Properties and Benefits of Eggplants: A member of the nightshade family, the eggplant (or Solanum melongena), also called aubergine, is a beautiful as well as incredibly healthy addition to our diet. Eggplants are both delicious and dainty vegetables and come in a variety of gorgeous colours, the most common being deep-purple. In most Asian countries however, white and yellow varieties are intensely cultivated, while in other parts smaller yellow, green or light-purple cultivars are preferred.
Related to both tomatoes and potatoes, eggplants hold an honorable place in many cuisines and are wholeheartedly recommended for consumption because of their wonderful nutritional value. Eggplants are in season roughly from August to October. The vegetable shares several common characteristics with the tomato plant in the sense that it grows several feet vertically and the vegetable proper hangs from a vine.
Regardless of the variety, eggplants have a pleasant bitter taste and a spongy-textured flesh which softens significantly when cooked, acquiring a sophisticated, rich flavour. However, they are not only delicious, but also nutritious. In addition to a variety of vitamins and minerals, eggplants are rich in phytochemicals with potent antioxidant effects.
For instance, they contain phenolic compounds such as caffeic acid and chlorogenic acid, as well as flavonoids like nasunin. Caffeic acid is a phenol with amazing anti-inflammatory and antioxidant properties, that is shown to inhibit cancer cell proliferation.
Chlorogenic acid is an amazing hepatoprotector and studies suggest it is incredibly efficient in stopping the multiplication of tumour cells in liver and colon cancers. (For further information you may refer to the following study: ‘Protective effects of chlorogenic acid on acute hepatotoxicity induced by lipopolysaccharide in mice’ – by Xu Y, Chen J, Yu X, Tao W, Jiang F, Yin Z, Liu C.) Other amazing health benefits of chlorogenic acid include antimicrobial, anti-LDL cholesterol and antiviral properties.
Last, but not least, eggplants contain a flavonoid called nasunin, which is mostly found in the skin of the plant. Studies focused on the health benefits of nasunin show that it is a powerful antioxidant which efficiently protects cell membranes from the oxidative effects of free radicals. Cell membranes are basically made up of lipids (or fat), which are directly responsible for the protection of cells. Studies on animals have shown that the nasunin found in eggplants enhanced the resistance of brain cell membranes against free radical damage.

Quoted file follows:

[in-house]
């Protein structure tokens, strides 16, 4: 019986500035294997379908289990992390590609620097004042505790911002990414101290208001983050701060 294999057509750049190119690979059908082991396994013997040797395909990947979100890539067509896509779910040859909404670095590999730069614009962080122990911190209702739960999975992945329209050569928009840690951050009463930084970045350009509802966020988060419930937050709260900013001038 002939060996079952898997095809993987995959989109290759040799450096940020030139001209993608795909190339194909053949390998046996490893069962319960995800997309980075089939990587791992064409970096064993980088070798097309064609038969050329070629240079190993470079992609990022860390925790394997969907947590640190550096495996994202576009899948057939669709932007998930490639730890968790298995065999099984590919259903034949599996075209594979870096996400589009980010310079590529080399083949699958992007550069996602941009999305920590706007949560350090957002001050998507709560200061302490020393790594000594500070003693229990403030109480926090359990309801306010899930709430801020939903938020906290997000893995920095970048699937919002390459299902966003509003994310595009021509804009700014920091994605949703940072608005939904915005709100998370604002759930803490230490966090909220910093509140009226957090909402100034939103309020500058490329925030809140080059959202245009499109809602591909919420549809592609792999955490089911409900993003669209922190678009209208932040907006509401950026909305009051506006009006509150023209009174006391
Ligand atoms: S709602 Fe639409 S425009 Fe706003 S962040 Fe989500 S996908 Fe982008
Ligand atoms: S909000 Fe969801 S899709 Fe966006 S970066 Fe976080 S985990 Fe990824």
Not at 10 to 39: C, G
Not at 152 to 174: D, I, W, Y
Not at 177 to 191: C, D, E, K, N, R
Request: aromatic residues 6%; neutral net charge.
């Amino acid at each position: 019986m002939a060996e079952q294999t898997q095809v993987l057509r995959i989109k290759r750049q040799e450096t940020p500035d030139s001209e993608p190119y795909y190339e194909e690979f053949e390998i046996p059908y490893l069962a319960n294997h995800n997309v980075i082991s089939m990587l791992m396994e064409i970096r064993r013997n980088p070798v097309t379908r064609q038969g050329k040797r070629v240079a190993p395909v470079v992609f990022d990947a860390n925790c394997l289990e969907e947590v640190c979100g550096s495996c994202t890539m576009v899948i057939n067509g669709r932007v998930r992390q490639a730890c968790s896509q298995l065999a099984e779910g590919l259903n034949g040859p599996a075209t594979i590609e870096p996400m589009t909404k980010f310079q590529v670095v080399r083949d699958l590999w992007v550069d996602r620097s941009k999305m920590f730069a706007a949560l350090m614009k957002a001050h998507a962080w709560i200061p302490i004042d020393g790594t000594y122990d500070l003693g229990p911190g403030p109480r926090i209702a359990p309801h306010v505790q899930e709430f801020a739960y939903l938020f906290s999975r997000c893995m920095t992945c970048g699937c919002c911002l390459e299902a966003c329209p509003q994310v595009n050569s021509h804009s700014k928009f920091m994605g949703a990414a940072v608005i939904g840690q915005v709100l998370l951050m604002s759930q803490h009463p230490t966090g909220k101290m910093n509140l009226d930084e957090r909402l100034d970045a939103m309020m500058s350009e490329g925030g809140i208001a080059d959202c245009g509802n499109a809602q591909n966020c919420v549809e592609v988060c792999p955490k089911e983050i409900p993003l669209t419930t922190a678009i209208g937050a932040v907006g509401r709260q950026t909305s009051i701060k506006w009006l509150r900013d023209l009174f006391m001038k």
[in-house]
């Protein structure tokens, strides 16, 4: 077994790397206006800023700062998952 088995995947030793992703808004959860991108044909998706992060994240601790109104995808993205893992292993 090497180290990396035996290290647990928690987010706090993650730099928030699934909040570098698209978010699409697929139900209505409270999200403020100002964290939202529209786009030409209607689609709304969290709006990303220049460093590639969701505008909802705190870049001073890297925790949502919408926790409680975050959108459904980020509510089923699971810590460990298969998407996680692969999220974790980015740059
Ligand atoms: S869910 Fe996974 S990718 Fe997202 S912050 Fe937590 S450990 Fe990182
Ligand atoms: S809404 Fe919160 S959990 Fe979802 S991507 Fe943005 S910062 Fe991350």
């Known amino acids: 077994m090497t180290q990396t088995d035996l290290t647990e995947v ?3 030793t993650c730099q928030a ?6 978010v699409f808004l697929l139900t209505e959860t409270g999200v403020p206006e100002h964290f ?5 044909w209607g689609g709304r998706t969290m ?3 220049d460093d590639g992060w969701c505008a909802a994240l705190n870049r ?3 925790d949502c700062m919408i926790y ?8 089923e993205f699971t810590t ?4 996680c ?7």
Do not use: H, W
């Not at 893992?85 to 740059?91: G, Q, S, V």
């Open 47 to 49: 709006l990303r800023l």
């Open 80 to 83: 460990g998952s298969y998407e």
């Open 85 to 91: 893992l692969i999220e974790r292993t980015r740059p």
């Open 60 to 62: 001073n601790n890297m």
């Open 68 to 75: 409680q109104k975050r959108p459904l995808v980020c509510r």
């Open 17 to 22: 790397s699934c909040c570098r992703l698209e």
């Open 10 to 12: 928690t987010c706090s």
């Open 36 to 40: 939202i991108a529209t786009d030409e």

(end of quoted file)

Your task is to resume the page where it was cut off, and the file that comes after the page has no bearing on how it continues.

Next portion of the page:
Overall, the natural compounds found in eggplants efficiently protect our body from oxidative stress as well as bacteria and fungi. If you take a look at the nutritional table above, you will see that eggplants list a significant number of vitamins and minerals as well.
Important B-group vitamins and minerals such as manganese, potassium, magnesium and phosphorus are all found in decent quantities in eggplants. As you may already know, potassium reduces high blood pressure by managing high sodium levels in the blood, while magnesium helps integrate calcium in bones.
Important properties and benefits of eggplants include: weight loss (eggplants have only 25 kcal/100 g), reduction of LDL (bad) cholesterol, lowering of high blood pressure and tonic properties restoring general well-being due to their good vitamin and mineral content. However, you should be careful when eating them for the first time because they are mildly allergenic.
Nevertheless, these are rare occurences that should not keep you from enjoying these delicious as well as highly nutritious vegetables. If raw eggplants do not appeal to you that much, I recommend stewing, grilling, roasting or stuffing them. They are great in ratatouille, eggplant salad (baked and mashed eggplants with sliced onions and olive oil or mayonnaise) or stuffed with whatever appeal to you.